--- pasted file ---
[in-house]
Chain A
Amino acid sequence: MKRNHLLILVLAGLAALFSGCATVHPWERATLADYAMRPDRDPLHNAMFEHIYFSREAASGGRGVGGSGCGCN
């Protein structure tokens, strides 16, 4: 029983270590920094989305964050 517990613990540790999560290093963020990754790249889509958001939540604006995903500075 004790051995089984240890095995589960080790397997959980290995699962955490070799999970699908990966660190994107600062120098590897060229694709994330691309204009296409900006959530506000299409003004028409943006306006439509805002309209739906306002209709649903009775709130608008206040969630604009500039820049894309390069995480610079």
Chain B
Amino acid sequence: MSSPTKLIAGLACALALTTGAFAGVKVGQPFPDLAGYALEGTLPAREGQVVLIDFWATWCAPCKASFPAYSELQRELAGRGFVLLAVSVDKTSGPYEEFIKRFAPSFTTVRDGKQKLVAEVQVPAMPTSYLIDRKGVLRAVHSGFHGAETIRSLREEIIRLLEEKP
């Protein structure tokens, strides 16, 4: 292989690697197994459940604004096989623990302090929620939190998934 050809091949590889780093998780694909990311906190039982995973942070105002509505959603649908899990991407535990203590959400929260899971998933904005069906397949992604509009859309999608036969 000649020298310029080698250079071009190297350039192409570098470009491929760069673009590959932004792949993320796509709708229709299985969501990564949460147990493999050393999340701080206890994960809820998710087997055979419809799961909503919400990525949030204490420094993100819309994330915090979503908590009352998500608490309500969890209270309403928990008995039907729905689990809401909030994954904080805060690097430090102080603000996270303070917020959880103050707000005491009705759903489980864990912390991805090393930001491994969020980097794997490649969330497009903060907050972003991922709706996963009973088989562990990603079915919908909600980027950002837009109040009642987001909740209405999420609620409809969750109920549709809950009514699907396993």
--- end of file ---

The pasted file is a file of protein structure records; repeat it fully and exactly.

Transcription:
[in-house]
Chain A
Amino acid sequence: MKRNHLLILVLAGLAALFSGCATVHPWERATLADYAMRPDRDPLHNAMFEHIYFSREAASGGRGVGGSGCGCN
């Protein structure tokens, strides 16, 4: 029983270590920094989305964050 517990613990540790999560290093963020990754790249889509958001939540604006995903500075 004790051995089984240890095995589960080790397997959980290995699962955490070799999970699908990966660190994107600062120098590897060229694709994330691309204009296409900006959530506000299409003004028409943006306006439509805002309209739906306002209709649903009775709130608008206040969630604009500039820049894309390069995480610079």
Chain B
Amino acid sequence: MSSPTKLIAGLACALALTTGAFAGVKVGQPFPDLAGYALEGTLPAREGQVVLIDFWATWCAPCKASFPAYSELQRELAGRGFVLLAVSVDKTSGPYEEFIKRFAPSFTTVRDGKQKLVAEVQVPAMPTSYLIDRKGVLRAVHSGFHGAETIRSLREEIIRLLEEKP
């Protein structure tokens, strides 16, 4: 292989690697197994459940604004096989623990302090929620939190998934 050809091949590889780093998780694909990311906190039982995973942070105002509505959603649908899990991407535990203590959400929260899971998933904005069906397949992604509009859309999608036969 000649020298310029080698250079071009190297350039192409570098470009491929760069673009590959932004792949993320796509709708229709299985969501990564949460147990493999050393999340701080206890994960809820998710087997055979419809799961909503919400990525949030204490420094993100819309994330915090979503908590009352998500608490309500969890209270309403928990008995039907729905689990809401909030994954904080805060690097430090102080603000996270303070917020959880103050707000005491009705759903489980864990912390991805090393930001491994969020980097794997490649969330497009903060907050972003991922709706996963009973088989562990990603079915919908909600980027950002837009109040009642987001909740209405999420609620409809969750109920549709809950009514699907396993």